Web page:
Featured image - Studio of the infamous Berlin art forgers, the Posin brothers.
Art experts of great experience truly can determine the authenticity of a piece by a great degree (some claim 90% of everything is visible with naked eye), the other 10% of proof can come in the form of a scientific report conducted by experts such as those at FAEI. These processes can either discover fakes and forgeries, or even turn a seemingly worthless souvenir into a million-dollar asset. Whatever the case is, they are among the best, and sometimes the only, authentication methods possible when we talk about deceased artists. In disputable cases where transparency is an issue, the crucial importance of Certificate of Authenticity emerges. And the desired COA is best (and safest) gotten from a living artist or an official representative of a living artist. We have recently written about the fact that nobody wants Banksy’s New York street art. Being one of the most desired and collectible artists in the contemporary art market, this phenomenon may appear strange, casting a shadow on Banksy's glory - but: street art, although there’s good reason it is the work of Banksy, does not possess the Pest Control Certificate. As such, it’s risky to deal it, it may be worth nothing in auction room, and it’s best not to touch it, leaving it ephemeral, as it should be. Art collectors, therefore, should always bear in mind that the Certificate of Authenticity can make or break their collection, piece by piece.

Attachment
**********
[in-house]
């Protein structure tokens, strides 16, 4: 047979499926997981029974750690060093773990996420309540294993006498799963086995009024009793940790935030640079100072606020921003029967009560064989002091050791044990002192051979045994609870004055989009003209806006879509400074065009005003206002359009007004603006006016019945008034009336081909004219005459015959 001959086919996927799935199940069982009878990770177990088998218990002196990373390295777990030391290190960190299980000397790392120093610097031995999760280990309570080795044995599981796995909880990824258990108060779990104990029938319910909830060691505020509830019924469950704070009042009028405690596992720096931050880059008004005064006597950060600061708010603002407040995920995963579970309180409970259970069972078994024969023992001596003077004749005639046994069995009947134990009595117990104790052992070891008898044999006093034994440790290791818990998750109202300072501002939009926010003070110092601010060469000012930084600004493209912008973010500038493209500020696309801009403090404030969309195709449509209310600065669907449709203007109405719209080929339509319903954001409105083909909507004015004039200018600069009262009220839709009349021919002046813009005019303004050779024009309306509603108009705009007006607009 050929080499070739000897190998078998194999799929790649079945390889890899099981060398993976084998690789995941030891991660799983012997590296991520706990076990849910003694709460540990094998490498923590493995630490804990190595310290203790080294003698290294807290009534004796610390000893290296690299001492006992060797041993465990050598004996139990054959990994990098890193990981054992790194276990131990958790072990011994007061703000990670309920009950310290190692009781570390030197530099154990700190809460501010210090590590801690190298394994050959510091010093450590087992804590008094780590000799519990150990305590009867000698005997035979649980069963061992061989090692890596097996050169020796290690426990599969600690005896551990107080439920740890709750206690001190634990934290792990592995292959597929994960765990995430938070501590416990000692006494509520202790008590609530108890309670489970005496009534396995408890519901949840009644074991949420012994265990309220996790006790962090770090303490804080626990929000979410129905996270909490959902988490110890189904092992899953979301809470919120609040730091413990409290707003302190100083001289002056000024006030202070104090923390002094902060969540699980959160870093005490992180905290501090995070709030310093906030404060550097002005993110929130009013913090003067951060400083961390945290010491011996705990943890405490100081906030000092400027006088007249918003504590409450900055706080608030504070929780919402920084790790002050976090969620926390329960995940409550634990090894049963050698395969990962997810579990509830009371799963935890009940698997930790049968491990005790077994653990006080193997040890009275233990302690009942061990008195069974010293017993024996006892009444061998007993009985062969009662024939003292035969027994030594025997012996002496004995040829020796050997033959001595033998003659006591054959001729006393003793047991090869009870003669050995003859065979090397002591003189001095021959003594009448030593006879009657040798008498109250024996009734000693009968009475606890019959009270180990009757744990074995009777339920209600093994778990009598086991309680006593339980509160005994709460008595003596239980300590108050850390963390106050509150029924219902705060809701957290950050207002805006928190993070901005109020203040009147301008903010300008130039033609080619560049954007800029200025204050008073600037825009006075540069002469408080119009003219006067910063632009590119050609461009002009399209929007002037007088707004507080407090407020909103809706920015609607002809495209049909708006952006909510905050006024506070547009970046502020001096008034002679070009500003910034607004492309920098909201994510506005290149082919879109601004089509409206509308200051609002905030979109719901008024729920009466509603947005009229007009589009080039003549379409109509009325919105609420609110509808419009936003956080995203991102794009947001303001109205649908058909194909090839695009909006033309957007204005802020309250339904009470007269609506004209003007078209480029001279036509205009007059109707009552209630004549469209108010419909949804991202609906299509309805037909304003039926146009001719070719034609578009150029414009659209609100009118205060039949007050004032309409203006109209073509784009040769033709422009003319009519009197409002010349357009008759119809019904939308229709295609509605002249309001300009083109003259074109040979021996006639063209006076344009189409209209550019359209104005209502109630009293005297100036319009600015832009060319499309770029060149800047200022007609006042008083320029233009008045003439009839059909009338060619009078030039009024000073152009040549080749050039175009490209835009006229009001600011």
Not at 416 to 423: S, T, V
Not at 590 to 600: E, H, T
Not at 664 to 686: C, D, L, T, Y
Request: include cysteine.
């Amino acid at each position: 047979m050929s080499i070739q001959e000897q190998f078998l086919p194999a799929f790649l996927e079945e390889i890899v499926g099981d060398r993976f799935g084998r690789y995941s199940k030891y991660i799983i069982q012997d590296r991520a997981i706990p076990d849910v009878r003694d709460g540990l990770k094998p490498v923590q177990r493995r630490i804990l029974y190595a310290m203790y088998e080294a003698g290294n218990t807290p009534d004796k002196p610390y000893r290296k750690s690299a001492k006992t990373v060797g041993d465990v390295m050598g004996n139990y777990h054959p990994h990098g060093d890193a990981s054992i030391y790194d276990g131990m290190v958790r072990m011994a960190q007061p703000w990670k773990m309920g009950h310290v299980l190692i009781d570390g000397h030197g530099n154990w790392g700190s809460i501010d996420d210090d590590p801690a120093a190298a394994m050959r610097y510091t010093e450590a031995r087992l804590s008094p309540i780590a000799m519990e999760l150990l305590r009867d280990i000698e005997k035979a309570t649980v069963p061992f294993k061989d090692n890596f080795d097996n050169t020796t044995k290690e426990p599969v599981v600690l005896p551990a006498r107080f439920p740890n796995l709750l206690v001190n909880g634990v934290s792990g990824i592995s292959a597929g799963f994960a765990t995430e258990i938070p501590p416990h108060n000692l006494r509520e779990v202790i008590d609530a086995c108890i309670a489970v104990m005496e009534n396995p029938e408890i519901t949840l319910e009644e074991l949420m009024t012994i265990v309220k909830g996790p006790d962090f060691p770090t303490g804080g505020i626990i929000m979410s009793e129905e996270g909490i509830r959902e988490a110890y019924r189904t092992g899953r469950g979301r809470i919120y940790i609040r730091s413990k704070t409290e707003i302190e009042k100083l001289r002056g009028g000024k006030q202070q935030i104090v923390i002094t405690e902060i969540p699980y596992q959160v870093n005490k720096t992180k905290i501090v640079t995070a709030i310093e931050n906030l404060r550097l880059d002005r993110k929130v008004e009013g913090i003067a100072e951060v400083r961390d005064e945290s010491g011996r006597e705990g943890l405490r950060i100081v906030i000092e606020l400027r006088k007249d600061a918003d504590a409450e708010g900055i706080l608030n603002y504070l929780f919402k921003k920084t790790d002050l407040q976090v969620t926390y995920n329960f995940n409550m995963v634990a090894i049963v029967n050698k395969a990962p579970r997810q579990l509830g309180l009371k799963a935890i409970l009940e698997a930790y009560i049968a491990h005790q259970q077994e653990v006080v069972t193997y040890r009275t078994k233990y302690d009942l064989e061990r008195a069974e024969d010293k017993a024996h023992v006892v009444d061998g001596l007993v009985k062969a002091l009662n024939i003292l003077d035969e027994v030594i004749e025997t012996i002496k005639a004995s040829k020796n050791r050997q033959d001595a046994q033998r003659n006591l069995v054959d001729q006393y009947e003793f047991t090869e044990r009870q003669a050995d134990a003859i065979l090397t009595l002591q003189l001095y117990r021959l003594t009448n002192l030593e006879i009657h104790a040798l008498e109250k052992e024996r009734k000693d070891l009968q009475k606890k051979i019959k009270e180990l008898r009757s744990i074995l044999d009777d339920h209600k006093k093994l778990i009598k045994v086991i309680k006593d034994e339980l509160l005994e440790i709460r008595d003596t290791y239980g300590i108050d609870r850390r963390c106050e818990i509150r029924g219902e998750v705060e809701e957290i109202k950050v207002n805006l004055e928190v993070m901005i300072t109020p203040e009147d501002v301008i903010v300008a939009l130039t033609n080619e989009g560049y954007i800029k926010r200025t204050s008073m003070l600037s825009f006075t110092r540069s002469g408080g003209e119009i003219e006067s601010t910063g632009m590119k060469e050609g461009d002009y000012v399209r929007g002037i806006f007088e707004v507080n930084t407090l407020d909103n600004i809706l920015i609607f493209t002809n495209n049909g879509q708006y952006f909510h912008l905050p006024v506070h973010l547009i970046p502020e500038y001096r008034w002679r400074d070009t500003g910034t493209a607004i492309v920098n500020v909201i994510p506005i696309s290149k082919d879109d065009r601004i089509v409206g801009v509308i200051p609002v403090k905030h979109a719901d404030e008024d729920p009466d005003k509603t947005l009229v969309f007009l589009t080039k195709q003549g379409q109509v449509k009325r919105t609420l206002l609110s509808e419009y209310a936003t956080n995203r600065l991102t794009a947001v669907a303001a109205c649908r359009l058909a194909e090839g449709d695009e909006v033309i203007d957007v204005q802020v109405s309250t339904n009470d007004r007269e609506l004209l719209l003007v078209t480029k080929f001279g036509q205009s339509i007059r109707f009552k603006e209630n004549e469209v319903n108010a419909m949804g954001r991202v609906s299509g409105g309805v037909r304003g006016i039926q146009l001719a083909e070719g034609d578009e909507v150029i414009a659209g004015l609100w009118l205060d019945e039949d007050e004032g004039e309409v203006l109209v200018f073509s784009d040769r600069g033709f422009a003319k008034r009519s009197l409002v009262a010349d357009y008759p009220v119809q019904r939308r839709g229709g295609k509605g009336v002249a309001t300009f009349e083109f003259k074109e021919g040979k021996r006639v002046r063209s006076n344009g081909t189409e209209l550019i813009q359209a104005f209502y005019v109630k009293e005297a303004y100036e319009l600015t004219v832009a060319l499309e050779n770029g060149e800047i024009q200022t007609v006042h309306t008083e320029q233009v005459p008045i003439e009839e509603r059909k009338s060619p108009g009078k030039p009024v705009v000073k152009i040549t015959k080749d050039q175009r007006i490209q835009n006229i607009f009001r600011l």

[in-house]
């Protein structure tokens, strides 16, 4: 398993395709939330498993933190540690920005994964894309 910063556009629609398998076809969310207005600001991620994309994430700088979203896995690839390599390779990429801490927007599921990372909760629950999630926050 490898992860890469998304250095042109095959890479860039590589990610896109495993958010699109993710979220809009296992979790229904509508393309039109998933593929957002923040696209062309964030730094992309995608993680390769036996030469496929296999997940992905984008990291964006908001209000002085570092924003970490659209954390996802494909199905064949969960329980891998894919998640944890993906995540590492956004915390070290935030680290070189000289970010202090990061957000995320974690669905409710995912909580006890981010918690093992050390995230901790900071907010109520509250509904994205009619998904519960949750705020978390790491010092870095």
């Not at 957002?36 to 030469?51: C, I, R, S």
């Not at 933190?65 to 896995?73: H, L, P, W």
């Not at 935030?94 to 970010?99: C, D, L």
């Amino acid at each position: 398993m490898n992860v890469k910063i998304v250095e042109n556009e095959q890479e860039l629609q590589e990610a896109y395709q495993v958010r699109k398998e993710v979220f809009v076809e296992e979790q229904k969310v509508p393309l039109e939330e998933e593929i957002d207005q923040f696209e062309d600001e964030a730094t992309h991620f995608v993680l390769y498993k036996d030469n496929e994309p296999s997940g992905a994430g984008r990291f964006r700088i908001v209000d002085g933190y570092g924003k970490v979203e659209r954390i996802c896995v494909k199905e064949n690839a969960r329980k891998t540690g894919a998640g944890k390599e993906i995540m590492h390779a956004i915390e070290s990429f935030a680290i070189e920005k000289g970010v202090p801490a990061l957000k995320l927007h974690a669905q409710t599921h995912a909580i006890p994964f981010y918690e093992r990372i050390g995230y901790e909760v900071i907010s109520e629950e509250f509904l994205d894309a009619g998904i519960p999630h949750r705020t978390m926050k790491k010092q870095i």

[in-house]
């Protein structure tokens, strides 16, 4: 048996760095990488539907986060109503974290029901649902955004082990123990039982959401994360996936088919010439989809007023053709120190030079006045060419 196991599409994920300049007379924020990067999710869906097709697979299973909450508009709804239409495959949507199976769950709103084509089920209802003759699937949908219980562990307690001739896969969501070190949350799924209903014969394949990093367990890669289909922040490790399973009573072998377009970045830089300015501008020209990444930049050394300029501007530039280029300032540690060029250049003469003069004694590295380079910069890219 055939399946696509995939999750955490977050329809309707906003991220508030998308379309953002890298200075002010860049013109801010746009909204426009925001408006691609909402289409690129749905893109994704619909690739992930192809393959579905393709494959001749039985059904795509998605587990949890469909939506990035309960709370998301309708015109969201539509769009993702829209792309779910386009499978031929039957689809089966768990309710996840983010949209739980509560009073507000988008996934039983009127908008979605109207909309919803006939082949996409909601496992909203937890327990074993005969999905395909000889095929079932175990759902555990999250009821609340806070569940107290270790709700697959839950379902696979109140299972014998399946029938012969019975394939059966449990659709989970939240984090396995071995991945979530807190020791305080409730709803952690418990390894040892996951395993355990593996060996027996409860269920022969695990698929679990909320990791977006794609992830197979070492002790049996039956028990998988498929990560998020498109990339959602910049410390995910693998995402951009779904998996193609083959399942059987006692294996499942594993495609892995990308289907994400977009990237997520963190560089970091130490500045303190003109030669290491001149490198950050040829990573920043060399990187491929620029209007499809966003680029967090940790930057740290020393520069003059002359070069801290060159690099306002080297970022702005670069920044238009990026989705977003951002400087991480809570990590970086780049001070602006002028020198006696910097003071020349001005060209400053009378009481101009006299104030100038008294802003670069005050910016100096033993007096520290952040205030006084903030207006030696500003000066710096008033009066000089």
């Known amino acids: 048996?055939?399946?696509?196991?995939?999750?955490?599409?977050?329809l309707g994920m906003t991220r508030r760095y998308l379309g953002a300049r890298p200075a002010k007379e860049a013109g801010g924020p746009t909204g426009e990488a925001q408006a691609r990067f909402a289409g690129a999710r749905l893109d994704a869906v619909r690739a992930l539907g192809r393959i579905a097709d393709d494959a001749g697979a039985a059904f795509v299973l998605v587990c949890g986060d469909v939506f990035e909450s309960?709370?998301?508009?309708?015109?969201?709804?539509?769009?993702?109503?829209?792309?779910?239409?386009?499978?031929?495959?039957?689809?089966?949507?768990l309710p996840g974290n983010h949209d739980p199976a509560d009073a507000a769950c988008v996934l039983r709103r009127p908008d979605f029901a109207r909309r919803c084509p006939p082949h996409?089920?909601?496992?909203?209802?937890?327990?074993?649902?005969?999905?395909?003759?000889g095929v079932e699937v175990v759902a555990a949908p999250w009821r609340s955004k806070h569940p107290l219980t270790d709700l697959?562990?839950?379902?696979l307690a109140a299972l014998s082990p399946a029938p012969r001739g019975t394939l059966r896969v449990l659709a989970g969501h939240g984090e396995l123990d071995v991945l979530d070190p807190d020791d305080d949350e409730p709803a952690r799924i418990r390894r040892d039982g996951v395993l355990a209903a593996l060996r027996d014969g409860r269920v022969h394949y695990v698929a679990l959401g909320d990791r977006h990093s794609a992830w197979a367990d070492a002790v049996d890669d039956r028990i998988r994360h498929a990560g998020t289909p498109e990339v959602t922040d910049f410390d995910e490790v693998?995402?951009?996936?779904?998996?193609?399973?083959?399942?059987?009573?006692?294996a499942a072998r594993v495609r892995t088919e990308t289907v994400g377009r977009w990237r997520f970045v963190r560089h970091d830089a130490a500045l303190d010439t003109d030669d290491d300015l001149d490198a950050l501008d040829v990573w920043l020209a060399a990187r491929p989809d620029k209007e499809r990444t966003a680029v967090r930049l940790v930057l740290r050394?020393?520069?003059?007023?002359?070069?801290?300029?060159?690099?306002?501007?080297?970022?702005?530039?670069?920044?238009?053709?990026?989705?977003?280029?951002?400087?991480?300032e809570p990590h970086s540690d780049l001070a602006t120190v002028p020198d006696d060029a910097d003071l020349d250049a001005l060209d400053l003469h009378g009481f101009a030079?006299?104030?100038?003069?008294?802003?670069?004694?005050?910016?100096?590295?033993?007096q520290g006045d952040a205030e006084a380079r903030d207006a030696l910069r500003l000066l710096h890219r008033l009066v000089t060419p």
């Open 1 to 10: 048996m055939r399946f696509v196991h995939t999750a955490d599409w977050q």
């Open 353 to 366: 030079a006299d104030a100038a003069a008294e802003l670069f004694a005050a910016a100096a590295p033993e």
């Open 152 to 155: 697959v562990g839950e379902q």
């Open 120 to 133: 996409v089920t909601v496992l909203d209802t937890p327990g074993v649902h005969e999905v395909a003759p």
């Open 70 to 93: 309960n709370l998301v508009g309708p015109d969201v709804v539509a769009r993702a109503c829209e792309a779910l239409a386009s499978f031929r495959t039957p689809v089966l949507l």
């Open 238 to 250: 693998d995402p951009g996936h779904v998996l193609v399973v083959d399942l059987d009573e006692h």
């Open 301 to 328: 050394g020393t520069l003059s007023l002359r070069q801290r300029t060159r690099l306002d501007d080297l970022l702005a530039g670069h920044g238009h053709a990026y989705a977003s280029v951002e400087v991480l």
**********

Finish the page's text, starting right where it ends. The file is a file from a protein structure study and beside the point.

Another article published by The Daily Beast somewhat contradicts the claim that half of the art in circulation is fake, saying the estimate is blown way out of proportion, supported by the statement given by the executive director of FAEI, Yann Walther who, said that these titles were there just to grab the attention and that artworks the Institute gets is already doubted. The final truth is - nobody has conclusive evidence for either claim, it’s all based on estimates. For an art collector who is in doubt some of his possessions may be fake, it’s also important to know - apparently there’s a difference between fakes and forgeries.
Fakes are artworks that are misattributed, meaning they've been painted by someone else we believe painted them, and the original artist might be long gone, just as the supposed one. Sometimes, owning a fake may turn out as fortunate, like in the case of Sopranos' actor, Federico Castelluccio, who thought he had an 18th century painting, but it turned out it was a long lost Guercino. These situations happen rarely, but they do happen. Owning a forgery, on the other hand is unfortunate. Forgeries are defined as works deliberately made to resemble style, technique and manner of certain painter, in order to deceive prospective buyers. They are made to trick, and as such - they are worthless and a felony. Finally, most of the people who can afford to collect art of early modernists probably can afford expert analysis. Authentication conducted by renowned experts, in case the work turns out an original, always adds value, and is highly advisable, just as is the obtaining of a lawful certificate.
Featured image displays Yan Walther (R), Executive Director of the Fine Arts Experts Institute (FAEI), and Dr. Killian Anheuser, head scientist at the FAEI, prepare a painting for a light imaging studio analyse on September 19, 2014 at the FAEI in Geneva. The FAEI analyzes paintings, searching for signs of forgery. AFP PHOTO / RICHARD JUILLIART.